So many teachers asked to take Nov. 19 off to rally at the Indiana Statehouse for higher pay that nearly 30 districts across the state have canceled school or scheduled e-learning days.
“We’re going to support our teachers,” said Beech Grove Superintendent Paul Kaiser, who plans to join teachers at the rally that day while students work online from home. “I think it’s important for our leaders and decision-makers to understand that this is a crisis in the state of Indiana.”
The Indiana State Teachers Association and the American Federation of Teachers Indiana both plan to show up in force at the Statehouse on the ceremonial opening day of the legislative session. The unions want to urge lawmakers to find ways to increase teacher pay soon, although it remains to be seen whether legislators will be willing to act when the state’s budget is already set for two years.
Indianapolis Public Schools announced Wednesday that it will cancel classes on Nov. 19 to allow teachers to participate. South Bend, the state’s fifth-largest school district, and Wayne Township in Indianapolis are also among the districts that have canceled school entirely.
“We want to provide our teachers and staff with the opportunity to exercise their rights and take this day to advocate for public education and for their students,” South Bend Superintendent Todd Cummings said in a tweet. The district still plans to provide meals for students who rely on school food services, the South Bend Tribune reported.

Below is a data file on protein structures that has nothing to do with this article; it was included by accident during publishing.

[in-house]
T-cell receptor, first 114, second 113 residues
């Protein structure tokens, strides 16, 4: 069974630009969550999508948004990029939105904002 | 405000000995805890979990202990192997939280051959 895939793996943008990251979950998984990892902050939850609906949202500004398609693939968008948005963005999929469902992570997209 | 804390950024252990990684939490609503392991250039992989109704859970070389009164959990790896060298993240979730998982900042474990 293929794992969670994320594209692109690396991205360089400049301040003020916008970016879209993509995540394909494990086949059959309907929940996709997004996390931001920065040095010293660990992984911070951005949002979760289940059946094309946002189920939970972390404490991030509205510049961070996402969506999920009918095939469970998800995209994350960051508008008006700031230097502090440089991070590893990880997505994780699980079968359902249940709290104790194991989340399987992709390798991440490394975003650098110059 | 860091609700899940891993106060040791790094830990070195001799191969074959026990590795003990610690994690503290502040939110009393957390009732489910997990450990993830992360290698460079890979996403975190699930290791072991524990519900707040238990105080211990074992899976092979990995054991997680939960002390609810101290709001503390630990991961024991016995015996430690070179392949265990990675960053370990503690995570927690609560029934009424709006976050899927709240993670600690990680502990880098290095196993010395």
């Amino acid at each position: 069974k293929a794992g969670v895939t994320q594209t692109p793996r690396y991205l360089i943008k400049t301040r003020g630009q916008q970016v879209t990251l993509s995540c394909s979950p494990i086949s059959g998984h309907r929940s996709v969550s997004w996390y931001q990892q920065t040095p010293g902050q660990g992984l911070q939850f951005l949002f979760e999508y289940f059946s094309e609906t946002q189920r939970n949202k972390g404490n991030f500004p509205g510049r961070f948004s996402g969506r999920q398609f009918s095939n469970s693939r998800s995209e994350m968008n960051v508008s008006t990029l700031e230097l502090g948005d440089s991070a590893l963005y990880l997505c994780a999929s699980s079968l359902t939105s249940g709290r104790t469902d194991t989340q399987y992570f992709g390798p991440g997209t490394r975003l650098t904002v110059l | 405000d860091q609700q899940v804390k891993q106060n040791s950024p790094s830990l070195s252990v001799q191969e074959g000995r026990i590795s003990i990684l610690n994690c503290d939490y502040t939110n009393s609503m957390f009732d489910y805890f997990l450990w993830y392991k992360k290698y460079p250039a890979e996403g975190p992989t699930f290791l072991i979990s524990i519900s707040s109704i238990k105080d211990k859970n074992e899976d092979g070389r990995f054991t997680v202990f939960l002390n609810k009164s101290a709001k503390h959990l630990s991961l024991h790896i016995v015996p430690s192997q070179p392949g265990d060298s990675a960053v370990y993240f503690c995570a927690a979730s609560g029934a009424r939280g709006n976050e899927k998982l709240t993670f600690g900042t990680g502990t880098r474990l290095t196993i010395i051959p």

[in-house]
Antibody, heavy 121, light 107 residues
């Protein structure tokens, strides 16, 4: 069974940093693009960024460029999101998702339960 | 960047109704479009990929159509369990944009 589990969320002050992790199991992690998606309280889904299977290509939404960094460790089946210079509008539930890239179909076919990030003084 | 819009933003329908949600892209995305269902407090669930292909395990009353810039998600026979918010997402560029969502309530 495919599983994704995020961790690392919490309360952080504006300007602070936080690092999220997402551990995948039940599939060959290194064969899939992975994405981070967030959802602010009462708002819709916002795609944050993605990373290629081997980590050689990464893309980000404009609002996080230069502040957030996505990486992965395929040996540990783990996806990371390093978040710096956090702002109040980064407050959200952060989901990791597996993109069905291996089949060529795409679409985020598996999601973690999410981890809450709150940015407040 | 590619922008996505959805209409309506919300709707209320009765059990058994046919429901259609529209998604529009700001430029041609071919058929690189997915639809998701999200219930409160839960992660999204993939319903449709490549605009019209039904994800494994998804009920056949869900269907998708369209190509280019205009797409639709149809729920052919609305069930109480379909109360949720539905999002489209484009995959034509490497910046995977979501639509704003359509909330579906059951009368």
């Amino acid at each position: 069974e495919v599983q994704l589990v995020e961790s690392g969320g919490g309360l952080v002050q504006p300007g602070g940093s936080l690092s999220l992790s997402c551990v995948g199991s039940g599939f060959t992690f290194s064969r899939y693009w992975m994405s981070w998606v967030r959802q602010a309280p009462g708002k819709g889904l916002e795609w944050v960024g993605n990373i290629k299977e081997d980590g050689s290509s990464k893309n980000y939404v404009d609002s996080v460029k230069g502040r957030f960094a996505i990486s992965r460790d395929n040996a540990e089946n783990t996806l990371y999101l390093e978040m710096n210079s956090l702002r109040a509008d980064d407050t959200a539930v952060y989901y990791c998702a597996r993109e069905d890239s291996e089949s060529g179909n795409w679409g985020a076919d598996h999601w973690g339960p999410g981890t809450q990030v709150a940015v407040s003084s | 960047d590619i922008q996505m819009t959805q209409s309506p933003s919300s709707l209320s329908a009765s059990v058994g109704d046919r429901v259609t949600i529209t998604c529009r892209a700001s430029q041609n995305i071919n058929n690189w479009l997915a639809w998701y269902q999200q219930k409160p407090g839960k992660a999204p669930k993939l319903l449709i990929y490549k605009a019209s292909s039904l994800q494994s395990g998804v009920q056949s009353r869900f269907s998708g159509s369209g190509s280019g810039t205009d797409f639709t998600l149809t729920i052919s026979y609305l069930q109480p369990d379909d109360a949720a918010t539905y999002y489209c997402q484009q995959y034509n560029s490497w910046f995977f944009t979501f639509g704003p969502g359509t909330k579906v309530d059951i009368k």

Having teachers leave the classroom to demonstrate their discontent to lawmakers is a dramatic political play. ISTA, the state’s largest union, estimates the districts that have announced closures or e-learning days serve about 15% of Indiana’s public school students. It expects more districts to join in.
That could make for both a sizable demonstration and a significant effect on students.
Many educators say they feel unsatisfied with the small steps state lawmakers took earlier this year to start addressing the issue of low teacher pay and don’t want the legislature to wait until the next budget discussions in 2021 to take meaningful action.
“We cannot do what is right for students by sitting back any longer,” ISTA President Keith Gambill said. “We have written our letters. We’ve sent our emails. We’ve placed our phone calls. Last year we had a rally on a Saturday. And the issue still exists and has not been addressed at the level that it needs to be and at the level that our children deserve.”
More than 4,000 people have already registered to attend ISTA’s advocacy day, Gambill said.
In 2016-17, Indiana teachers made an average salary of $50,554, according to the National Center for Education Statistics, but starting salaries can be as low as $30,000.
Not all districts are willing to close their doors for a day, which will displace students and force families to make alternative arrangements so teachers can advocate.